A two-year UN study of internationally funded training programmes in biotechnology and biosafety warns that as many as 100 developing countries are unprepared to effectively manage and monitor the use of modern biotechnologies, leaving the world community open to serious biosafety threats.
The report, from the United Nations University Institute of Advanced Studies, says training and management deficiencies in most countries of Africa, Central Asia, Oceania and the Caribbean, are so pervasive and broad that there is no effective international system of biosafety at the moment.
In addition, the global resources available from donor countries and agencies, already inadequate to help developing countries meet basic international agreement obligations, are being cut back. It is estimated that, over the past 15 years, just $135 million has been invested globally by public and private sources in capacity building in developing country.
The UNU-IAS assessment, released at this months Conference of Parties to the Convention on Biological Diversity in Bonn, takes no sides on genetically modified organisms and other biotech-related controversies. It was designed simply to shed a neutral, independent and objective light on international biotechnology and biosafety training programmes intended to allow developing countries to make and implement informed choices.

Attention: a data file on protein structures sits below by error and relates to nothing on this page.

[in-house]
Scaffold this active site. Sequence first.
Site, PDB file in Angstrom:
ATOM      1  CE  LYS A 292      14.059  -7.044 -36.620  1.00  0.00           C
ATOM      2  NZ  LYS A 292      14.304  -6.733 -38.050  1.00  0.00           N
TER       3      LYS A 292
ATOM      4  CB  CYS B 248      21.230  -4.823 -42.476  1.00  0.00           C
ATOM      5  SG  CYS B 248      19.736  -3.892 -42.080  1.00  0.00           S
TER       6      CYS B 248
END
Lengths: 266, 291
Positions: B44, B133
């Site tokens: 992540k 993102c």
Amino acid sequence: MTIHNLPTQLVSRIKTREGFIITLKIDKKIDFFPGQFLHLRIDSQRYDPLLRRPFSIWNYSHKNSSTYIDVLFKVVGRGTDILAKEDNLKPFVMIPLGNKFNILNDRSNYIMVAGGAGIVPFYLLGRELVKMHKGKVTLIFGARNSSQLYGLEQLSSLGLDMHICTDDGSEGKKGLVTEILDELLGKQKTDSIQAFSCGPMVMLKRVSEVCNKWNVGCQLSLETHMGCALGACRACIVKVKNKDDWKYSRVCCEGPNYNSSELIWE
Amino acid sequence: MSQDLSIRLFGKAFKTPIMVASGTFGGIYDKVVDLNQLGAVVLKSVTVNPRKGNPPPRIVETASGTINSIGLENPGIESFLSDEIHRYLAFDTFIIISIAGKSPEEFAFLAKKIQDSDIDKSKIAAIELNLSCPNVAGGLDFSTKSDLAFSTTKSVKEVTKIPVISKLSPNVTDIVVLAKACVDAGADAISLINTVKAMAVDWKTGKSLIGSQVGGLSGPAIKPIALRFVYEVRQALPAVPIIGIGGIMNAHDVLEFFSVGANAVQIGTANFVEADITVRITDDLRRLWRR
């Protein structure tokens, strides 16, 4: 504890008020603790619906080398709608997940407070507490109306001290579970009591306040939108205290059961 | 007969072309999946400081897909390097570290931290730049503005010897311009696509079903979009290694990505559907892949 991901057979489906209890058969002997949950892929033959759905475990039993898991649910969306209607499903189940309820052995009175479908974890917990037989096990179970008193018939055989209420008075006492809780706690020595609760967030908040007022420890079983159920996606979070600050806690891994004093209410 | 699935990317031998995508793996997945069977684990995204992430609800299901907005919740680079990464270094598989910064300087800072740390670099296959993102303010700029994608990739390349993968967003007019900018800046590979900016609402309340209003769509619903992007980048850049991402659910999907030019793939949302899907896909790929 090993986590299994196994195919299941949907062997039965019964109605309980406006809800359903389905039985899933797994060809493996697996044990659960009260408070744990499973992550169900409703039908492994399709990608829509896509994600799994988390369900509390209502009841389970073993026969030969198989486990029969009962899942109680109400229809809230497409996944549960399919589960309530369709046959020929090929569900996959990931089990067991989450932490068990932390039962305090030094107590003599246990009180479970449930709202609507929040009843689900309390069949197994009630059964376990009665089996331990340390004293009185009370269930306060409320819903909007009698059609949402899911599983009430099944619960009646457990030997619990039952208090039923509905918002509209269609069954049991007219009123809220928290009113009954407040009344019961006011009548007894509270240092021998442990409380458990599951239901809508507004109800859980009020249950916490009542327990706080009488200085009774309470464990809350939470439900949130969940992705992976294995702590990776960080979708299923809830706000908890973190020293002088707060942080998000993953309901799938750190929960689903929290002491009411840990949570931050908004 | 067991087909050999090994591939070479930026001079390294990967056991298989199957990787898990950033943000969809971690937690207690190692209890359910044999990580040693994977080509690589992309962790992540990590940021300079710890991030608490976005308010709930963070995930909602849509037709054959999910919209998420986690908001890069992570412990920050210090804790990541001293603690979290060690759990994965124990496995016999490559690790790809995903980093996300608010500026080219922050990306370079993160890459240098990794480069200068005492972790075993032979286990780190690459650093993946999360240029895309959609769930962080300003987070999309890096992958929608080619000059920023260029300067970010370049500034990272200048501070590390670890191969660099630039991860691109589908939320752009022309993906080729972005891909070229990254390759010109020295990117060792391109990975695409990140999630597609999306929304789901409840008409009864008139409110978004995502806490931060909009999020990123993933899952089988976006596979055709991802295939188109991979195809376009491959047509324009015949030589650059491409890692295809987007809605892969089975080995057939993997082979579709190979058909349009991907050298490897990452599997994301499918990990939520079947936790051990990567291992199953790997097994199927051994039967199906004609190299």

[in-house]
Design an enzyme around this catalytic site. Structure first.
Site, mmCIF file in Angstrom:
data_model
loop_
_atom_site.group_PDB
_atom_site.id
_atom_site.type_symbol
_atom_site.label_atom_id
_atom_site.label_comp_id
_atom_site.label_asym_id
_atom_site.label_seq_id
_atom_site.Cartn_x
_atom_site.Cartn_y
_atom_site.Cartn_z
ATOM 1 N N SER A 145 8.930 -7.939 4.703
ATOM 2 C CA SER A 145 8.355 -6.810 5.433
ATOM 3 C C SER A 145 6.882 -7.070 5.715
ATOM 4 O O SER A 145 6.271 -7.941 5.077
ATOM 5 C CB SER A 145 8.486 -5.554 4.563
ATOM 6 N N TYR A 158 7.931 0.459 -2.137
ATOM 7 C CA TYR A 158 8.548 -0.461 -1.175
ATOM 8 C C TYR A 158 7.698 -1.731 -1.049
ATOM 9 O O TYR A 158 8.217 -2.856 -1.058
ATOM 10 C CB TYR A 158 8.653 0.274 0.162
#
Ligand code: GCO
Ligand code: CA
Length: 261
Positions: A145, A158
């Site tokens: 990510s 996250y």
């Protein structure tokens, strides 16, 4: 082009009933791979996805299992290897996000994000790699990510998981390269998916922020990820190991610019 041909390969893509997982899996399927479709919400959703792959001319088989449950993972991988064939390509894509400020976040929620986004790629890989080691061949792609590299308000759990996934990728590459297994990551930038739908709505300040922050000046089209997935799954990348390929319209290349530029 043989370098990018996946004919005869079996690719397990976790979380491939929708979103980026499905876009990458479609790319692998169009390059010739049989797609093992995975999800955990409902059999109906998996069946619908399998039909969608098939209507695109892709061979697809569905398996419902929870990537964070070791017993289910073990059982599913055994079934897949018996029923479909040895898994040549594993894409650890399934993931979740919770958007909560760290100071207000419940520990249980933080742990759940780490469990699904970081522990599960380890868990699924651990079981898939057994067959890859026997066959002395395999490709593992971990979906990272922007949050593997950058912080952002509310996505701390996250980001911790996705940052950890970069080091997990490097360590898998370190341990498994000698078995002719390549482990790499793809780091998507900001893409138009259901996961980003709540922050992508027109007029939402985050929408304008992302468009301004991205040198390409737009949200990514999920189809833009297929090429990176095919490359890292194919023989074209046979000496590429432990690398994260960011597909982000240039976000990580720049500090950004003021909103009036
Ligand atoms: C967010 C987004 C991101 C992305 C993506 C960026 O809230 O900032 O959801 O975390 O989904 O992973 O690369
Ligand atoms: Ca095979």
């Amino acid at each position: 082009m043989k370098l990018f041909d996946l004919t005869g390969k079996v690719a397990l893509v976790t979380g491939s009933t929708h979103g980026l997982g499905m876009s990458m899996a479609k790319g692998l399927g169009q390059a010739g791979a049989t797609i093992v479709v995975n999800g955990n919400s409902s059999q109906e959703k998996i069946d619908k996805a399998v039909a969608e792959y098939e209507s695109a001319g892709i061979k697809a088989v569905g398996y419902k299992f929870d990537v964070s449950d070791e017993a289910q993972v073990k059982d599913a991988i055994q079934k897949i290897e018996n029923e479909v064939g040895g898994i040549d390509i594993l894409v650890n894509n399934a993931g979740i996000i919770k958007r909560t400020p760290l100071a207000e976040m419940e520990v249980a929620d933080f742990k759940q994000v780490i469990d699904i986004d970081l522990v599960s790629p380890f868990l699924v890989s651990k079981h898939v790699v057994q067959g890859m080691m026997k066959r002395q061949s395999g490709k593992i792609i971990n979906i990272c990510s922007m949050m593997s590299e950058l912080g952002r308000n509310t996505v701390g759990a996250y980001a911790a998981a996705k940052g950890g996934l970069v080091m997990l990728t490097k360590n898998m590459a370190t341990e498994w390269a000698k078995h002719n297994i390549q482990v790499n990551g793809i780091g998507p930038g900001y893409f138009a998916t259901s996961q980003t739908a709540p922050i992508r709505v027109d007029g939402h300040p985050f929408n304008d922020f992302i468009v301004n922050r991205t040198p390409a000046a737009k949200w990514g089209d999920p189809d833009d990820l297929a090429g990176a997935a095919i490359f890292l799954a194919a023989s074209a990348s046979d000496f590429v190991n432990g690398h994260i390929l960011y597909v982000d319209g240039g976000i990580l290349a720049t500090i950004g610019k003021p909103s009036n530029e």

Among other questions examined:
Authors, Sam Johnston, Catherine Monagle, Jessica Green and Ruth Mackenzie say the use and prevalence of biotechnology in agriculture and other sectors seems certain to increase. And the widespread ratification of the worlds Cartagena Protocol on Biosafety (CPB), which will mark the 5th anniversary of its coming into force on Sept. 11, 2008, demonstrates the desire for biosafety measures to go hand in hand with the development of biotechnology.
However, they cite the lack of technical, policy and enforcement capacities in developing countries as a potentially contributing factor to the spread of bioterrorism -- the deliberate release of naturally-occurring or human-modified bacteria, viruses, toxins or other biological agents.
Among other points and observations:
Most available capacity building resources to date have been devoted to developing policy and regulatory regimes, including approval procedures and risk assessment. Scientific training has focused mostly on risk assessment and, to a lesser extent, on the detection of genetically modified organisms.
The authors offer a suite of recommendations, emphasizing that capacity needs should be identified locally, not internationally, and point to success stories on which world efforts should be built.
The findings raise fundamental questions about the extent to which capacity deficits are undermining the promise that advances in biotechnology would directly address the needs of the poor, says UNU-IAS Director A.H. Zakri.
There may also be broader implications of a capacity deficit in biosafety and biotechnology. These may include an impaired ability to meet the challenges of global issues such as climate change, or to protect humans and the environment against biosecurity risks.
|Contact: Terry Collins|
United Nations University